My first experience with yoga was when I was about seven years old (honestly, I am probably wrong on the age but I was less than 9). I was in South Africa either visiting for the summer, or it was during the brief time I lived there, and I went to a Hindu temple with my family. I guess we went specifically for a yoga class, because that's what happened... It was a yoga session. I remember being really excited about it because I've always been really flexible, I got to show off all my weird bendiness. Apparently, during savasana (that end of a yoga session where you just lay there and relax, basically it's guided meditation) I fell asleep.
Woops. I was incredibly embarrassed. For multiple reasons. Sleep has always been a... complicated life requirement for me. I used to sleep walk as a child, sleep talk, sleep beat up my sister with stuffed animals (sorry), I would wake up with my feet on my pillow and me hanging off the side of the bed. I wet the bed far longer than I should have. I could fall asleep anywhere, seriously. My parents love jazz and we went to concerts. I would manage to zonk out while being 20 feet from a concert stage. I was always worried about falling asleep. What if I peed myself and we were at a concert? What if I fall asleep in the car and I'm not with my parents?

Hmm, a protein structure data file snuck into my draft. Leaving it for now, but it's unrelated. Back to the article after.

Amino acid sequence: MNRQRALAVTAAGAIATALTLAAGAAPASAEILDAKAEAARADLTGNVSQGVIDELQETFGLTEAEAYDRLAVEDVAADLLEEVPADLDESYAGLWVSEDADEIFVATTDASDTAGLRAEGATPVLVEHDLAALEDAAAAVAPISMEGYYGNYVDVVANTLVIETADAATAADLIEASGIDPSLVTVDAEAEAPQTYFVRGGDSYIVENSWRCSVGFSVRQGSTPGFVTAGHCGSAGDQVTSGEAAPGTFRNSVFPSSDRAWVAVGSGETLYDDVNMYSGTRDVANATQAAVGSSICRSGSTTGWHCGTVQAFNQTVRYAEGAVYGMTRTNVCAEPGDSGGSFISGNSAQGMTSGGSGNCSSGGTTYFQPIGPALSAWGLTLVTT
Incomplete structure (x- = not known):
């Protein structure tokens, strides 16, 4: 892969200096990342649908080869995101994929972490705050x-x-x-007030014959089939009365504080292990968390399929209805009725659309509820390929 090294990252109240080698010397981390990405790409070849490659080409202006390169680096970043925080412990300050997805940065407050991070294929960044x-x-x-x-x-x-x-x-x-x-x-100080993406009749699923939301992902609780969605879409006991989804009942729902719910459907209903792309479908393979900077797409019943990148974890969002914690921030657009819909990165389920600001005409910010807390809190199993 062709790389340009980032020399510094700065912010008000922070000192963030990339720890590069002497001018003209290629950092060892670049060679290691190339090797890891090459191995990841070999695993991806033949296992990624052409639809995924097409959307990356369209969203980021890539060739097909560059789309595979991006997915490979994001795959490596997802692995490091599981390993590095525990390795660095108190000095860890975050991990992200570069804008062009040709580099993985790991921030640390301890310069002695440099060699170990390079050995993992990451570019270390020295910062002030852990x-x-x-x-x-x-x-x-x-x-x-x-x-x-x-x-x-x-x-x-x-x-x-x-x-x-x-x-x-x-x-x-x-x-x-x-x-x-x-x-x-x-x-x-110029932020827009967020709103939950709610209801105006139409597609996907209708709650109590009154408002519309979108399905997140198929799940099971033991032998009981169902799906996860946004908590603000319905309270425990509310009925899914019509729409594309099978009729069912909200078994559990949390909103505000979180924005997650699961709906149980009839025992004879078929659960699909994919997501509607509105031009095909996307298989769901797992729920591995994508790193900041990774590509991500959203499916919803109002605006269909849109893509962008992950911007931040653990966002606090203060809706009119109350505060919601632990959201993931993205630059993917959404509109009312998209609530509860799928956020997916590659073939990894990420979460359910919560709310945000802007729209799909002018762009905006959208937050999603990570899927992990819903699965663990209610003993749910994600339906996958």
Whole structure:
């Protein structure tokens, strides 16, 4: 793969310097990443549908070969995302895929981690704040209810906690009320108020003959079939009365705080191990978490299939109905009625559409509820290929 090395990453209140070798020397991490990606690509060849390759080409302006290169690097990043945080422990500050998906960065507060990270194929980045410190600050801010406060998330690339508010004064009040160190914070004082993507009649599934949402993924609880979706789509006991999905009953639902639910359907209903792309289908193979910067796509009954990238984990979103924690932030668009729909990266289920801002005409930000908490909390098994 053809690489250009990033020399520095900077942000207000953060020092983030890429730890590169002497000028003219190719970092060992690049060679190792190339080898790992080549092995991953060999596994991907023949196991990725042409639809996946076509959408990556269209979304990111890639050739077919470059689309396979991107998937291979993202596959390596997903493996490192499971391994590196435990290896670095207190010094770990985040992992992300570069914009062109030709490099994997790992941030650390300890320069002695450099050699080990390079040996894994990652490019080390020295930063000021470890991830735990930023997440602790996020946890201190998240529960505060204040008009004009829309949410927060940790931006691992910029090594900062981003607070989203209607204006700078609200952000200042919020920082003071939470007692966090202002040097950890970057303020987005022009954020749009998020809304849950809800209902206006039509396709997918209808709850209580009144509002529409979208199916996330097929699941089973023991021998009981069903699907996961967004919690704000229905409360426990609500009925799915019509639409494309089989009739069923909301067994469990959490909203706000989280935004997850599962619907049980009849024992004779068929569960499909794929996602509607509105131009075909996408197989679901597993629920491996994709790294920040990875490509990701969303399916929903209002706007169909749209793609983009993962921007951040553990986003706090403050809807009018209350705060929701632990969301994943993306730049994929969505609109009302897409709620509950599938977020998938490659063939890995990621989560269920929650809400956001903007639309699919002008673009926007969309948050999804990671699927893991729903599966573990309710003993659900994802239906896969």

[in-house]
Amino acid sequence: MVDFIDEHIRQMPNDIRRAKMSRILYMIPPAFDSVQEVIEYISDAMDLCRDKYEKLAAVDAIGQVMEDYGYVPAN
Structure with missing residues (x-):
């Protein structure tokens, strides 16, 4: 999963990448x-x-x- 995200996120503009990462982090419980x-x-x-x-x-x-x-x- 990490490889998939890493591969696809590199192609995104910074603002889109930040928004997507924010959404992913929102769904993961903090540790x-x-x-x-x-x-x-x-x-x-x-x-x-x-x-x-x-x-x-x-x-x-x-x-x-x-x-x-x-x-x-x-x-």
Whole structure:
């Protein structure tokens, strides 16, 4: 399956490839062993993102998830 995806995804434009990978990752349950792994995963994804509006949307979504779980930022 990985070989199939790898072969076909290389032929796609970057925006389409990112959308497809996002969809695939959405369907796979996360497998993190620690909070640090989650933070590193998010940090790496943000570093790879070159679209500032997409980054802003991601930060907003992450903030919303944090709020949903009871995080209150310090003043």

Waking up to the smell of incense in a temple was weird. It was really weird, growing up in the US we didn't frequent temples. We occasionally went when we were in South Africa, but in the US? It was not common and it was always for some kind of celebration.
So, here I am, groggy, and waking up with intense anxiety because I just woke up, in a place that wasn't where I should have been asleep. I couldn't remember falling asleep or much about before I fell asleep. (Note here: this is all my memory and is inevitably wrong, but the basic idea of what went on... is hopefully right.) I found my mom and she was talking to the person who led the yoga session. I was obviously worried and feeling bad, cause I fell asleep.